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Snuffbox with Concealed Watch

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Snuffbox with Concealed Watch

Artist: Christoph Wolff (possibly German)

Date: c. 1750
Medium: Gold, enamel, steel
Snuff box: 31.8 x 60.3 x 76.2 mm
Perspective glasses: 69.9 mm long
Markings: Movement: "CHRISTOPH WOLFF" Case lid: gold chaser's signature. "FC[?][?]" Dial: "Wolff"
Inscribed: Inside lid: "G.B.P."
Credit Line: Proctor Collection, Thomas R. Proctor Watch Collection
Object number: PC. 382
Label Text
Like watchcases, snuffboxes were decorated with repoussé work in rococo patterns of scrolls, flowers, and acanthus leaves. Most of the figural scenes were based on mythological or biblical stories.

Text Entries

Snuff, a preparation of powdered tobacco inhaled into the nostrils, gained acceptance in Europe at the end of the sixteenth century. Initially used for medicinal purposes, by the middle of the seventeenth century taking snuff had become a social custom in England. The habit was widespread by the beginning of the eighteenth century, and specially made boxes were manufactured to contain the powder. Designed and decorated according to the fashion of the day, snuff boxes were marketed along gender lines, their differing sizes, shapes, and decoration appealing to men or women.(1)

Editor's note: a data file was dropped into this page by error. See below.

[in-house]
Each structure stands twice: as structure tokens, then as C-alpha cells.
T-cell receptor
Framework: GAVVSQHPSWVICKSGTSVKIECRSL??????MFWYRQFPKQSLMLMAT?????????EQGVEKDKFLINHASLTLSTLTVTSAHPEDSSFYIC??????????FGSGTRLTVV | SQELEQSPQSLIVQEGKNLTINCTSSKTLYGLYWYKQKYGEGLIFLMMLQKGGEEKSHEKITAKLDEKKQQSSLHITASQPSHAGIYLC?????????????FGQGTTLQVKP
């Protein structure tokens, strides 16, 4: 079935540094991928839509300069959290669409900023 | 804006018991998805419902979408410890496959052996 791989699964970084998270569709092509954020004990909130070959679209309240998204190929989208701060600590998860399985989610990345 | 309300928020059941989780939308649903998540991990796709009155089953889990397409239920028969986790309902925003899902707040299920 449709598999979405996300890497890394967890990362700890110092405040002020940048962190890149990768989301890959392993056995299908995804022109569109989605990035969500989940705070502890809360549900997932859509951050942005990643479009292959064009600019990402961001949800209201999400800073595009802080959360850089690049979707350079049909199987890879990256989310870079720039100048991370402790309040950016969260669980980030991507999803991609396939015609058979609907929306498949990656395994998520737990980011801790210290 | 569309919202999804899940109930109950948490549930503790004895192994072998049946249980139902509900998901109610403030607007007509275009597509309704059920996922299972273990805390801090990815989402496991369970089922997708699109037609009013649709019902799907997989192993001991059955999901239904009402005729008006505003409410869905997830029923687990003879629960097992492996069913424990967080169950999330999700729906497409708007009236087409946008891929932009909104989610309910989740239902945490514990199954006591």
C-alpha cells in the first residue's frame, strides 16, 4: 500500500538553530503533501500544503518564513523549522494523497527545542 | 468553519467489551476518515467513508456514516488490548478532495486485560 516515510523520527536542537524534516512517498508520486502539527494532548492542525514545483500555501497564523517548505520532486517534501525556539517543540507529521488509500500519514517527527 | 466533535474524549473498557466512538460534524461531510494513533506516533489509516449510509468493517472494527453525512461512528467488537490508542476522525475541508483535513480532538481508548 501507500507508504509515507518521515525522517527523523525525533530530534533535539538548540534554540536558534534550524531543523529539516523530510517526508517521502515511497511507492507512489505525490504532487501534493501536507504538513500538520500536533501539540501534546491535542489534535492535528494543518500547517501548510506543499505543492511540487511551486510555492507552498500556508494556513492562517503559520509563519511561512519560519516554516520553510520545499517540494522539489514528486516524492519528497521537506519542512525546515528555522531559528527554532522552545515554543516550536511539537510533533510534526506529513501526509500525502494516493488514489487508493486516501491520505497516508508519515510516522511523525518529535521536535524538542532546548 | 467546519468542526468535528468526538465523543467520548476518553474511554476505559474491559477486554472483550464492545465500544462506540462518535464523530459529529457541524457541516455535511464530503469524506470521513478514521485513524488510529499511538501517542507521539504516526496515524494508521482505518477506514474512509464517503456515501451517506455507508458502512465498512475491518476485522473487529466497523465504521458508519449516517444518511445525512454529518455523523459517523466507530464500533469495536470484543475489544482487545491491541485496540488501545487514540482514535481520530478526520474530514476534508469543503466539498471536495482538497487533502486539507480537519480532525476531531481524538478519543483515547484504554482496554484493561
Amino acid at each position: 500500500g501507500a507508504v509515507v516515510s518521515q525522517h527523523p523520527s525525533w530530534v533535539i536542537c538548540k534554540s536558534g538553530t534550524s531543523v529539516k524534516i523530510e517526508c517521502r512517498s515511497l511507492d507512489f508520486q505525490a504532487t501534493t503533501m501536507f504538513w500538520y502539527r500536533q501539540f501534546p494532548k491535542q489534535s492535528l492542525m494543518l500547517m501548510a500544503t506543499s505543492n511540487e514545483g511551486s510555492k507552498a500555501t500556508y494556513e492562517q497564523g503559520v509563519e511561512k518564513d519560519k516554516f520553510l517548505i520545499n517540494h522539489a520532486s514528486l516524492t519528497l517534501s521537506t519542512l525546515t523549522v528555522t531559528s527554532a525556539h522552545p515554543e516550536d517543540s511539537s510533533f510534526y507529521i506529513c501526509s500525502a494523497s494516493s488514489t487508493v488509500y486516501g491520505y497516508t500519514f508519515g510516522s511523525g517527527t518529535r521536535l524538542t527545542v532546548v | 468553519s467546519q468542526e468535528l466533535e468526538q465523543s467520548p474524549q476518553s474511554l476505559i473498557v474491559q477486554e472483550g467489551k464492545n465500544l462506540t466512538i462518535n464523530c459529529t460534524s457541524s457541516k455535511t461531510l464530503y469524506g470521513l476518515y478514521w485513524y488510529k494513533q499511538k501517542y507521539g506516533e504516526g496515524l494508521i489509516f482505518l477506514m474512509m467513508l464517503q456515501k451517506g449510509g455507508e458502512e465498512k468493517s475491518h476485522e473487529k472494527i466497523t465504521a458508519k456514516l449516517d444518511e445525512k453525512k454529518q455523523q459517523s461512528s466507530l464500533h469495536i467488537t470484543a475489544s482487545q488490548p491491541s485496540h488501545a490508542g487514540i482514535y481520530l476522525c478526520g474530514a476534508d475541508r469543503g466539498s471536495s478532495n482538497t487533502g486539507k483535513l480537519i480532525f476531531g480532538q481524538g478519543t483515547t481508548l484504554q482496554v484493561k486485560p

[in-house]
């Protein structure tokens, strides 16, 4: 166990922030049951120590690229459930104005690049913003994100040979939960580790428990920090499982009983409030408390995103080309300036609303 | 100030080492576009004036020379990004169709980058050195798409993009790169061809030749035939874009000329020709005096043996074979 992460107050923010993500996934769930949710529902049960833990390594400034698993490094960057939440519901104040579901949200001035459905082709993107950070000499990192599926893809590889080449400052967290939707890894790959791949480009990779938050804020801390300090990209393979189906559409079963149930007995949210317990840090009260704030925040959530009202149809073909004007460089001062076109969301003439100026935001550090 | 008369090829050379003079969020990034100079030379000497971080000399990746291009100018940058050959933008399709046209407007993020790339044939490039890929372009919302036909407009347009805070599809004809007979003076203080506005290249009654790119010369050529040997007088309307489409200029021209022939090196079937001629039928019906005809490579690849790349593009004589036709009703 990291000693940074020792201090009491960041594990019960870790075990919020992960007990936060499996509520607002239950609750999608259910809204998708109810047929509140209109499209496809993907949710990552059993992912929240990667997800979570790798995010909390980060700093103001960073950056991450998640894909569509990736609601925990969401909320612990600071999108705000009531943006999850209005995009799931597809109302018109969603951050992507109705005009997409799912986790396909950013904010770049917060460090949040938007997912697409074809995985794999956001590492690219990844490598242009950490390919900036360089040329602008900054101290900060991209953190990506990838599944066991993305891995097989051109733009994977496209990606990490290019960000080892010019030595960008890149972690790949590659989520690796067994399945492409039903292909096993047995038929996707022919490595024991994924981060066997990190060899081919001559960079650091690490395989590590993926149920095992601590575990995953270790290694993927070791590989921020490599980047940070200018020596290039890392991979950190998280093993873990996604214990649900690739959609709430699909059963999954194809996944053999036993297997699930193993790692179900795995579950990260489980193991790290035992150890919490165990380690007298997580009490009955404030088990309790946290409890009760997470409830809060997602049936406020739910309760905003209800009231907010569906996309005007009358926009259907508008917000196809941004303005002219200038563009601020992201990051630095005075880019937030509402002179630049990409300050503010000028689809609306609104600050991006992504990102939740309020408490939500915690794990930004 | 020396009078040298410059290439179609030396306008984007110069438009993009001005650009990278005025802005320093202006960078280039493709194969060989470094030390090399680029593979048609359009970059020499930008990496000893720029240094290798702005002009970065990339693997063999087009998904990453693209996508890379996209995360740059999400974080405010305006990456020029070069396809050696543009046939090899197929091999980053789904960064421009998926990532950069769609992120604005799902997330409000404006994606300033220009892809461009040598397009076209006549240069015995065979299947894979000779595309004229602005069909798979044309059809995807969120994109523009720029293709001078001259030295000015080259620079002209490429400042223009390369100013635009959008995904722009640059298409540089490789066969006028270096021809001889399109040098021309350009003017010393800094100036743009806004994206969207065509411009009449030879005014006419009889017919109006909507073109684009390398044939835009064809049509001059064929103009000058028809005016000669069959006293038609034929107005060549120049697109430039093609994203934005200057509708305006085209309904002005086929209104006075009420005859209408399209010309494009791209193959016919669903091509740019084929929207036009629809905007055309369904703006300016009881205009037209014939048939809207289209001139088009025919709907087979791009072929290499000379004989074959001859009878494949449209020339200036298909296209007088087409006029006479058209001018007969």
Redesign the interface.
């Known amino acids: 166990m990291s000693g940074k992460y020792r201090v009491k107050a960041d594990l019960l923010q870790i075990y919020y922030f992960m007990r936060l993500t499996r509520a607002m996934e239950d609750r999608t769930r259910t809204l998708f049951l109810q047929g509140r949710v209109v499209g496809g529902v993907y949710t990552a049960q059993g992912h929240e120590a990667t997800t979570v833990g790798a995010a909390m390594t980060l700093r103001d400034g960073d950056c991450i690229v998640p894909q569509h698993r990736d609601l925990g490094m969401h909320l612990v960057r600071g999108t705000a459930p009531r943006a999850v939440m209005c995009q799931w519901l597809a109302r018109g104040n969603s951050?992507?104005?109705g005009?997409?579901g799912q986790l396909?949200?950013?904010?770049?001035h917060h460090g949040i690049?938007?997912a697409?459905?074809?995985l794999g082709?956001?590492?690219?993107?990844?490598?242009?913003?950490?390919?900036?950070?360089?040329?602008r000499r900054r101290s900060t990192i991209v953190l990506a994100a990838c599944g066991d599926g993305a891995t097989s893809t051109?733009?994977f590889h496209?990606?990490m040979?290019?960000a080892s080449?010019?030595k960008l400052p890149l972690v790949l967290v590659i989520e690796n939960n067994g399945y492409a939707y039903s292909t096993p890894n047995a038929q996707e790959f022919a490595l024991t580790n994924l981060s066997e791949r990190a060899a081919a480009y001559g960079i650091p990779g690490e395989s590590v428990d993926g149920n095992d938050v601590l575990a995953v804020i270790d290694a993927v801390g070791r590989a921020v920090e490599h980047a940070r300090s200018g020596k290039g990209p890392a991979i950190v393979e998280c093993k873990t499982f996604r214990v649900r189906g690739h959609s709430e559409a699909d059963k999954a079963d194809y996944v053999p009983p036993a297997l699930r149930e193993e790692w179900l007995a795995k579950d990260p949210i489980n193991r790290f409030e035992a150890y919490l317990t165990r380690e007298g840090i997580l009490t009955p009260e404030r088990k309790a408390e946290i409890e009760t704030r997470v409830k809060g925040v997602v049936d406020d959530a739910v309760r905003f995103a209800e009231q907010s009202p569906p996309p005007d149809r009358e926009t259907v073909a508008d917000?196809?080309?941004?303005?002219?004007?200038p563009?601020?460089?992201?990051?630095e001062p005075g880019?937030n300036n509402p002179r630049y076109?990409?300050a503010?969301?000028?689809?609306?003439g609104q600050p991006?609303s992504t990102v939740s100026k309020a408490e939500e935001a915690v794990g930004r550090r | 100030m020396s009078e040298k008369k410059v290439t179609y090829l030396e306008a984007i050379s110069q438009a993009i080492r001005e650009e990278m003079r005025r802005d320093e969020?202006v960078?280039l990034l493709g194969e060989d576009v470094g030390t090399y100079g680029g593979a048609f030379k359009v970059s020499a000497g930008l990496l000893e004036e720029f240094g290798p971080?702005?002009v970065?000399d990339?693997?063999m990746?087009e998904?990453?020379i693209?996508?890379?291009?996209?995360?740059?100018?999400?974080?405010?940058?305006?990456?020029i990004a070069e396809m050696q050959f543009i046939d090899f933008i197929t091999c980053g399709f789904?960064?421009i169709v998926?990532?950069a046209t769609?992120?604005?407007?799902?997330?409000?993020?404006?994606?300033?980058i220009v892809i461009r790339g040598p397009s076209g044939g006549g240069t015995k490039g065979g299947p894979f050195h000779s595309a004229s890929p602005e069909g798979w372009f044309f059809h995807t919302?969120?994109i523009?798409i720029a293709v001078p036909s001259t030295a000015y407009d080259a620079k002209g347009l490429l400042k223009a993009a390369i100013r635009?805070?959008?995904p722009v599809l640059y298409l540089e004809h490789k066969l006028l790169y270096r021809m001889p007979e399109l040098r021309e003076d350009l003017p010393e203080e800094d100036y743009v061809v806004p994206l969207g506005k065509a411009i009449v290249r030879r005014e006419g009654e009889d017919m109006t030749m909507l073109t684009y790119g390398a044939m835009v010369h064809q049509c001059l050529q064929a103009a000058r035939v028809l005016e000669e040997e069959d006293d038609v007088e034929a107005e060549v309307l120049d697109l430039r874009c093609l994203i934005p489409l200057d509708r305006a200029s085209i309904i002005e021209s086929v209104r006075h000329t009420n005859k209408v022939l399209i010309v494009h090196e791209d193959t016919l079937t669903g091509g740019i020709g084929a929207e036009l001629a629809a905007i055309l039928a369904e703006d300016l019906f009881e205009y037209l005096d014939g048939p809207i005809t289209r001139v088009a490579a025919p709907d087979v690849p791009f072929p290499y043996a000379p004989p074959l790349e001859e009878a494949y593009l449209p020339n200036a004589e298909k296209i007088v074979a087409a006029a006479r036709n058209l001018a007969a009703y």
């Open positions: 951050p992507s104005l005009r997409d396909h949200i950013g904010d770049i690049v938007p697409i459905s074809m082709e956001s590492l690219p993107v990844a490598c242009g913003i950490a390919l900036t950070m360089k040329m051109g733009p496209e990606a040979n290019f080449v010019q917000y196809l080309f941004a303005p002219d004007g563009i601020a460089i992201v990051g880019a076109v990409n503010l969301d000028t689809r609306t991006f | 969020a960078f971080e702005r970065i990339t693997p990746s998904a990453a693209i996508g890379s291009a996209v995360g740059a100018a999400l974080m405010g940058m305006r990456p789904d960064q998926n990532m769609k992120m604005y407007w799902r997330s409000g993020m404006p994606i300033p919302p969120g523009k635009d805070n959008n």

The use of repoussé work to decorate snuff boxes began about 1720, just as the technique began to be applied on watchcases. Decorative scenes whose subjects were taken from classical mythology were repoussé chased on matte ground.

Until the middle of the century the elongated pouch shape was the preferred form for snuff boxes, but, as this snuff box documents, the cartouche shape gained favor by 1760. Unlike most snuff boxes of this period, however, this one has a concealed watch underneath the double- hinged lid. The outer lid is decorated with scrolls framing a forest scene of the Roman goddess Diana, the huntress; an attendant; a putto; and two hunting dogs. The paneled border encircling the lid includes two putti and a dog with a dead hare on a matte ground. This snuff box is trimmed with a molded border similar in design to those on silver salvers of the period, especially those made by Paul de Lamerie (1688-1751).(2)

Opening the lid reveals a panel chased with scrolls, flowers, a bird, and a squirrel. The watch in the center is secured by a hinge at the right, while a square post to the left secures the winding key. The gold dial features an arcaded minute ring with roman chapters. The snuff box also contains a perspective (or magnifying) glass.

1. For more information on the history of snuff, see Clare Le Corbeiller, European and American Snuff Boxes, 1730-1830 (New York: Viking Press, 1966), pp. 1-18.

2. For an illustration of a pair of salvers with a molded rim, see S. M. Hare, Paul de Lamerie at the Sign of the Golden Ball: An Exhibition of the Work of England ’s Master Silversmith, 1688-1751 (London: Goldsmith’s Hall, 1990), p. 51, fig. 22.